I like the practice of naming boolean variables with a prefix like "is", "has", "should", or "can".

But what about the functions that produce those results?

Currently I'm using:

const isReadyForPublicProfile = checkWhetherIsReadyForPublicProfile(teacherOf);
const shouldWarnAboutProfileChangingToPrivate =
    checkWhetherShouldWarnAboutProfileChangingToPrivate(isDirty, teacherOf);

What is the best practice for naming the function?

2 Answers 2


There is no universal practice to name functions that return Booleans, because such Boolean results can have a broad variety of purposes. The main naming rules are to use names that reveal the intentions, be consistent, and avoid names that are too long.

Some authors proposed popular recommendations:

  • Steve McDonnel's popular Code Complete suggests the list that you have "is", "has", "should", or "can", but for variable names. You can easily extend it to method names, since R.C. Martin recommends to use a verb or a verbal phrase for method names, which is not incompatible with those prefixes.

  • Stephen Colebourne, a contributing expert to the Java JSR standardization process, proposed a list for method prefixes in a 2011 article in which there is only is that has an explanation referring to Boolean results. By the way, his list made it into the official Java tutorial

Interestingly, in view of the prefix in the above list, your naming would be ambiguous:

check: Checks if something is true, throwing an exception if it is not true. Example foo.checkValid().

Get rid of the checkWhether prefix. You could for the variable even get rid of the prefix:

const readyForPublicProfile = isReadyForPublicProfile(teacherOf);
if(readyForPublicProfile) {
  • In TypeScript, I strongly prefer prefixing boolean variables with a prefix like "is", "has", "should", or "can". It's nice to know without needing to hover or explore anything that the variable is boolean. And the guideline of "use a a verb or a verbal phrase for method names" is something that makes sense to me, which is why I named the functions the way I did. +1 for your answer. I appreciate the thoughts and links!
    – Ryan
    May 16 at 23:25

Your function names are very long, and the “checkWhether” doesn’t contribute anything of value. So the function names should be “isReadyForPublicProfile” and “shouldWarnAboutProfileChangingToPrivate”.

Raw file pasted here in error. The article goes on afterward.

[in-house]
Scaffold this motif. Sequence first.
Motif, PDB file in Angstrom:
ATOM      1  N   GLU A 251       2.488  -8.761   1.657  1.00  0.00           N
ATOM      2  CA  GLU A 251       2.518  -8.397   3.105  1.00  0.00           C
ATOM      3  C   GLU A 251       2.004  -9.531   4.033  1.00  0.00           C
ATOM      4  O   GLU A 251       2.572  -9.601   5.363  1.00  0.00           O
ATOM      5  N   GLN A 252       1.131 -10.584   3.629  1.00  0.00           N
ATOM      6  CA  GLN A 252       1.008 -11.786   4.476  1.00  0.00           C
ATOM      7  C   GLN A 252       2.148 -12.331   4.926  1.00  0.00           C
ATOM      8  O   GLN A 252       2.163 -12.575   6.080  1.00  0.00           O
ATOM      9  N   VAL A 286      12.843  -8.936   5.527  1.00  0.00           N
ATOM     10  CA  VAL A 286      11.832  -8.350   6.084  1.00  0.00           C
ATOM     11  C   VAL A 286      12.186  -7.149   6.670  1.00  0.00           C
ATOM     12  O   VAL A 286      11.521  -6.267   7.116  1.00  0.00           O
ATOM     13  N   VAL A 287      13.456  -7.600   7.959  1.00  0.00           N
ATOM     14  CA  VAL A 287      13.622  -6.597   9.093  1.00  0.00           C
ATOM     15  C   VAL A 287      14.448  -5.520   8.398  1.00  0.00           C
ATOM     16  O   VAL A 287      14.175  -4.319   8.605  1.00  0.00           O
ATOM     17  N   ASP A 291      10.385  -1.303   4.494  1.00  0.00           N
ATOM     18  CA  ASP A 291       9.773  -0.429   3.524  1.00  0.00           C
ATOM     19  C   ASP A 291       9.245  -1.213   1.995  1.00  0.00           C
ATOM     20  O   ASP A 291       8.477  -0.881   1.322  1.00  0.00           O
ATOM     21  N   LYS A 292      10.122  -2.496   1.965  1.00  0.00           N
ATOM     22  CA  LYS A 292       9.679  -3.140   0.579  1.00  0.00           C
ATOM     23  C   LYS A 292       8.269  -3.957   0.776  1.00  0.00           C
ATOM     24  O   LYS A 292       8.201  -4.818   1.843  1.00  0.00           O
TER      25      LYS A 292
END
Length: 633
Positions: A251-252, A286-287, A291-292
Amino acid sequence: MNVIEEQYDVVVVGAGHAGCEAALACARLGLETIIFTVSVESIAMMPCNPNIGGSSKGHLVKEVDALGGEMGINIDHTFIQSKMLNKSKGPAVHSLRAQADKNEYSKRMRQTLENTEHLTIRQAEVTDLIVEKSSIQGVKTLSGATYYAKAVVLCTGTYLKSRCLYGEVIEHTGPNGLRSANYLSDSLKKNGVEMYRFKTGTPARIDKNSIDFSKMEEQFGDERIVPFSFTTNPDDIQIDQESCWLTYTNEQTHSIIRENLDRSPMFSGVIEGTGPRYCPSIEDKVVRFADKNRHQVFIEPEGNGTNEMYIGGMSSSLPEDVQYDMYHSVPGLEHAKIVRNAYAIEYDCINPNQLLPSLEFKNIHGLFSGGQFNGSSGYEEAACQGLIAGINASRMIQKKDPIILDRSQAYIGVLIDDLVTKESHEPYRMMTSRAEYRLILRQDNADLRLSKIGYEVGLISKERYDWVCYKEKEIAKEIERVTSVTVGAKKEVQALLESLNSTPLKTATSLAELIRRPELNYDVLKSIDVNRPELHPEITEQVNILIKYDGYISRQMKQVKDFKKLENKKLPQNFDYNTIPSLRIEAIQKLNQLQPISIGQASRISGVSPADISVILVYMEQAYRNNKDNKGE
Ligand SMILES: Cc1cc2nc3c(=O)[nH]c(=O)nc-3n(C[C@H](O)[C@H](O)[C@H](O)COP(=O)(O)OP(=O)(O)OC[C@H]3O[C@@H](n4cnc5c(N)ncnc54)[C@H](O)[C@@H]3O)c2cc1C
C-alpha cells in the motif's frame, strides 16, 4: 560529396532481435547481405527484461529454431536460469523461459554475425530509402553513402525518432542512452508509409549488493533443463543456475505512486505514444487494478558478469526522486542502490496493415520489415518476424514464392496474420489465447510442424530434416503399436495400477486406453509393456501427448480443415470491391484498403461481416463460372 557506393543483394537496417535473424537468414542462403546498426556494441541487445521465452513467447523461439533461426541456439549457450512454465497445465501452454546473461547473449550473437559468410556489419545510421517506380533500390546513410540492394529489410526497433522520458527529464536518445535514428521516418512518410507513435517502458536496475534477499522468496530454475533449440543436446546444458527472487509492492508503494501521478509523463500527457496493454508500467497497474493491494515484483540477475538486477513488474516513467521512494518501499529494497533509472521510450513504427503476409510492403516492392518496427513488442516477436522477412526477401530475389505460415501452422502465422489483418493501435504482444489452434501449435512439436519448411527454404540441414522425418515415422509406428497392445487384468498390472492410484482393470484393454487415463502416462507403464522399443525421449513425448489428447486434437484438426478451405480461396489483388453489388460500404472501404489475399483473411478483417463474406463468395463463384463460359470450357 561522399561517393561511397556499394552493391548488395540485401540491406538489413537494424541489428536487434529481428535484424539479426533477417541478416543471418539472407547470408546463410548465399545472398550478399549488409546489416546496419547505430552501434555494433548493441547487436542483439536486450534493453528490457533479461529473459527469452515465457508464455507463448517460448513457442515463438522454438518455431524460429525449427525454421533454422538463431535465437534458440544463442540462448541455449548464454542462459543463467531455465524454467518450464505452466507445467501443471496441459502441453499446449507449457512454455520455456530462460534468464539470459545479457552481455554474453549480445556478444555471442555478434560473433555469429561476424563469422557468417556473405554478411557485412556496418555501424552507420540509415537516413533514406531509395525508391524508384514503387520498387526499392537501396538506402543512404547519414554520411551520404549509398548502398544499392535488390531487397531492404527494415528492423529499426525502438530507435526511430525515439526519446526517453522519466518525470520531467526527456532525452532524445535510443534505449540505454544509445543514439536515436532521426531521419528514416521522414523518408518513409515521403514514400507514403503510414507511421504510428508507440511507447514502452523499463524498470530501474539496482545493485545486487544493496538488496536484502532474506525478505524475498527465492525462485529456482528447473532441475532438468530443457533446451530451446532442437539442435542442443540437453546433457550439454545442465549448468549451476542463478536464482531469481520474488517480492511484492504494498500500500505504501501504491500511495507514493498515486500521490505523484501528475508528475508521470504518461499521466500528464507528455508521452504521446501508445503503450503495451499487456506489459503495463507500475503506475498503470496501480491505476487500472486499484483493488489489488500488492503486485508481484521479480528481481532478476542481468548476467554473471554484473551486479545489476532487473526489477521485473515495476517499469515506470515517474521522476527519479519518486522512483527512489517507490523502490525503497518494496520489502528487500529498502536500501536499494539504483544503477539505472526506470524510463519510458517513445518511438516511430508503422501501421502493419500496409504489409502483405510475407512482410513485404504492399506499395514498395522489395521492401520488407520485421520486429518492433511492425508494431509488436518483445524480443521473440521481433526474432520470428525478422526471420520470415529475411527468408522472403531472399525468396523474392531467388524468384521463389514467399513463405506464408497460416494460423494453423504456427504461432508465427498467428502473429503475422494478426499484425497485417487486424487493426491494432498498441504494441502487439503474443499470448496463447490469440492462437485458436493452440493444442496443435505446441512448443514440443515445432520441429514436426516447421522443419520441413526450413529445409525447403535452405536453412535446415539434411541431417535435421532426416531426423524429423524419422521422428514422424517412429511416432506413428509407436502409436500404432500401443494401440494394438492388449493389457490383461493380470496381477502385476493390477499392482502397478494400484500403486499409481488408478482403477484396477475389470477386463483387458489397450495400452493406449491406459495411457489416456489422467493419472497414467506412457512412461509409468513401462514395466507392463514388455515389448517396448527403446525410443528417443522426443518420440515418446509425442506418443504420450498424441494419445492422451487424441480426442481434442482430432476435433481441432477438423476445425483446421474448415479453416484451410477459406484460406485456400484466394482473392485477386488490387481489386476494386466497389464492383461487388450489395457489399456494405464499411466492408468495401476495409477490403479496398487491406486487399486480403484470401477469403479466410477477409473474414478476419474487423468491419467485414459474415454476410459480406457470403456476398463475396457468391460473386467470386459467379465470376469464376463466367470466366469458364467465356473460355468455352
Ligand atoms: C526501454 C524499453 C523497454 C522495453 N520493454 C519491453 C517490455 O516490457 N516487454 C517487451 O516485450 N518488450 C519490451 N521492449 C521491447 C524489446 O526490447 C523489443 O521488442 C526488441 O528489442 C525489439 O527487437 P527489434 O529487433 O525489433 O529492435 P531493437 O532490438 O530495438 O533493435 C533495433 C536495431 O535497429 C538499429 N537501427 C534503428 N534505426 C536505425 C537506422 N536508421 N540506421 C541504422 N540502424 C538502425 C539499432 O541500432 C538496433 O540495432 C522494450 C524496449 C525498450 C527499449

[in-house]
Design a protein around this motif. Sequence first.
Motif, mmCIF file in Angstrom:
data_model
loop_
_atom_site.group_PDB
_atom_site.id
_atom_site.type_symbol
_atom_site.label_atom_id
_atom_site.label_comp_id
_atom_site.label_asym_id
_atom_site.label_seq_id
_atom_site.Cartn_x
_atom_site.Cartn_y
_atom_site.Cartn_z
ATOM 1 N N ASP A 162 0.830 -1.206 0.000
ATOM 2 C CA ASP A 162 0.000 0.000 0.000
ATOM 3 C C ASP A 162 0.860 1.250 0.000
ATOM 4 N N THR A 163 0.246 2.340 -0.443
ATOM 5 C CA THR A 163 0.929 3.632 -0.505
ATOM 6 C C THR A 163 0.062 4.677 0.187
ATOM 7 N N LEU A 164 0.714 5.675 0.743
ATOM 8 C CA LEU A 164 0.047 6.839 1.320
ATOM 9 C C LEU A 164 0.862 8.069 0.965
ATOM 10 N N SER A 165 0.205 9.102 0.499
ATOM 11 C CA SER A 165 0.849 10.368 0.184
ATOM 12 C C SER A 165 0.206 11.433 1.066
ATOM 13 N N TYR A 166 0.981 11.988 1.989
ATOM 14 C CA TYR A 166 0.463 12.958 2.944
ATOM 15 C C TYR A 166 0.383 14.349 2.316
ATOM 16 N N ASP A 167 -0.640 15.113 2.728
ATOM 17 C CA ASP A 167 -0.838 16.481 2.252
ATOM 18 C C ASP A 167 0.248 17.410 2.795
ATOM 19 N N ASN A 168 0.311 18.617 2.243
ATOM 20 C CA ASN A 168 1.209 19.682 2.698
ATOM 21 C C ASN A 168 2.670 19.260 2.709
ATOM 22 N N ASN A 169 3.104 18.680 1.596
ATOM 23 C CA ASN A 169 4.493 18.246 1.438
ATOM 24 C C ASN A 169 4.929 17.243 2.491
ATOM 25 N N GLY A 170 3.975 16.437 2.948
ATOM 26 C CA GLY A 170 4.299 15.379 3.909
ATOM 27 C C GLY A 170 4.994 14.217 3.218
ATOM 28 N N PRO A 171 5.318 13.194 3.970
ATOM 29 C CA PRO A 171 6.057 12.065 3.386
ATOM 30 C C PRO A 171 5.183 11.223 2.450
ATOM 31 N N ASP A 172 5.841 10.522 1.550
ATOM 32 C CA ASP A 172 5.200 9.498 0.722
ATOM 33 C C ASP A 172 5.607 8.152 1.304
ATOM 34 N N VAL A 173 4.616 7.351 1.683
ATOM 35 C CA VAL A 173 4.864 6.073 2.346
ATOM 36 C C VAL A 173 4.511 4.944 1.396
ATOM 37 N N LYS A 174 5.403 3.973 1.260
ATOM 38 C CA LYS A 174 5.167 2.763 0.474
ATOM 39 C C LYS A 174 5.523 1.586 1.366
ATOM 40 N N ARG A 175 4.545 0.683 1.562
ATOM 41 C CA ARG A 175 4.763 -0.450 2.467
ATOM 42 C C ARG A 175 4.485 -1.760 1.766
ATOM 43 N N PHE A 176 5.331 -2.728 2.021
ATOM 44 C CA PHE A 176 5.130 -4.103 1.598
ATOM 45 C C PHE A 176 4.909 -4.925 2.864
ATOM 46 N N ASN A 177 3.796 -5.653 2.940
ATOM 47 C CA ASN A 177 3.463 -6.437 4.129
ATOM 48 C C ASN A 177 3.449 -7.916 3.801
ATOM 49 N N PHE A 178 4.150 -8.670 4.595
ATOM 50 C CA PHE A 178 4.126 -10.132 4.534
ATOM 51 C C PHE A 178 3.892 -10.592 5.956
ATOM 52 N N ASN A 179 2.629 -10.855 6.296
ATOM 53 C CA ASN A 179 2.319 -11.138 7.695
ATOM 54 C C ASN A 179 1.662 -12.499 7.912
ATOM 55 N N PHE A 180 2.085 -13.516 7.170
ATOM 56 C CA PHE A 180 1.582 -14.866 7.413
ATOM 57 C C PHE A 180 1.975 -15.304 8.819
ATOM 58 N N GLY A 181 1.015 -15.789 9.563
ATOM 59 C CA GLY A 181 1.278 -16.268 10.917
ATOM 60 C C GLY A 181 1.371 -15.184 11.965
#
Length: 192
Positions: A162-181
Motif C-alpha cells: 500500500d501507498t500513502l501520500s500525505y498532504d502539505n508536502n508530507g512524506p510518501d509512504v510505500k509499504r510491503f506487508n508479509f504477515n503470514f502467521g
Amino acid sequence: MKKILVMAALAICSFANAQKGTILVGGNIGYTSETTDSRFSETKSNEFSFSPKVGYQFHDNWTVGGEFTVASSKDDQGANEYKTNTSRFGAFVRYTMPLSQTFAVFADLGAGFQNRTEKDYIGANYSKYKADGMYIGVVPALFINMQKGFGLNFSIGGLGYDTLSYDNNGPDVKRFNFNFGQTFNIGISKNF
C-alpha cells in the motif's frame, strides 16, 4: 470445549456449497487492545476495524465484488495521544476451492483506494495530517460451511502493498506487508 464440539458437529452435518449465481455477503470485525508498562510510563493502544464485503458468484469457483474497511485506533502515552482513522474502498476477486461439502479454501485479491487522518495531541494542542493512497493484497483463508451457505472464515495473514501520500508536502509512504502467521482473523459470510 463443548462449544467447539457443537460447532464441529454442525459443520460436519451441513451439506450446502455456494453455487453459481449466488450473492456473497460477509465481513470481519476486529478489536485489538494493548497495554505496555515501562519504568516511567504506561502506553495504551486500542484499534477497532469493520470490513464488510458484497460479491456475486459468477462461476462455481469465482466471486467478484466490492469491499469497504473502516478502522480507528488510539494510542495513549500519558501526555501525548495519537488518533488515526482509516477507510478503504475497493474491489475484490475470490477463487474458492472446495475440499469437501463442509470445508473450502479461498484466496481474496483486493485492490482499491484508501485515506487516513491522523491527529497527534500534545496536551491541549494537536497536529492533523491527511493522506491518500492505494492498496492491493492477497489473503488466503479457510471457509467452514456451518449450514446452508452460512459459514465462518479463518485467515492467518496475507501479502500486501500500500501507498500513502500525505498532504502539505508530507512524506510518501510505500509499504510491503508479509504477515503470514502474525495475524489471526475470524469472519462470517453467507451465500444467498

• In TypeScript, I can't have functions that are the same name as the constant whose value I'm assigning as the result of the function. I don't mind long function names if it is necessary for clarity.
    – Ryan
    May 16 at 22:05
  • 5
    @Ryan: If you cannot have both, then keep function names starting with "is" or "should" and use other names for local variables instead. E.g. you can use abbreviations for local variables, like "isReady" and "shouldWarn", because their meaning is easily understandable from the context.
    – mentallurg
    May 16 at 22:27
  • is, has, should and can generates cognitive burden. I know, because I used them too. While I also like them (overall for methods), short and concise var names are going to be always superior because they won't make devs fall asleep. So, in Typescript or in any other language ready or publishable are fairly better than isReadyForPublicProfile because the boolean var's scope is (ideally) local and whatever they are ready for is implicit in the scope.
    – Laiv
    May 17 at 7:37
  • 2
    @Laiv, for me "is", "has", "should", "can" have very, very specific meanings that shouldn't be removed.
    – gnasher729
    May 17 at 15:39
  • 1
    @Ryan: Coming up with variations just because you want to avoid collisions means that you are setting yourself up for a guessing game of "what variation did I use here?" for the maintenance phase. Don't. Pick a name that unambiguously describes the purpose, and pick the most obvious name that someone can reasonably think of/understand when they maintain this code.
    – Flater
    May 18 at 4:14

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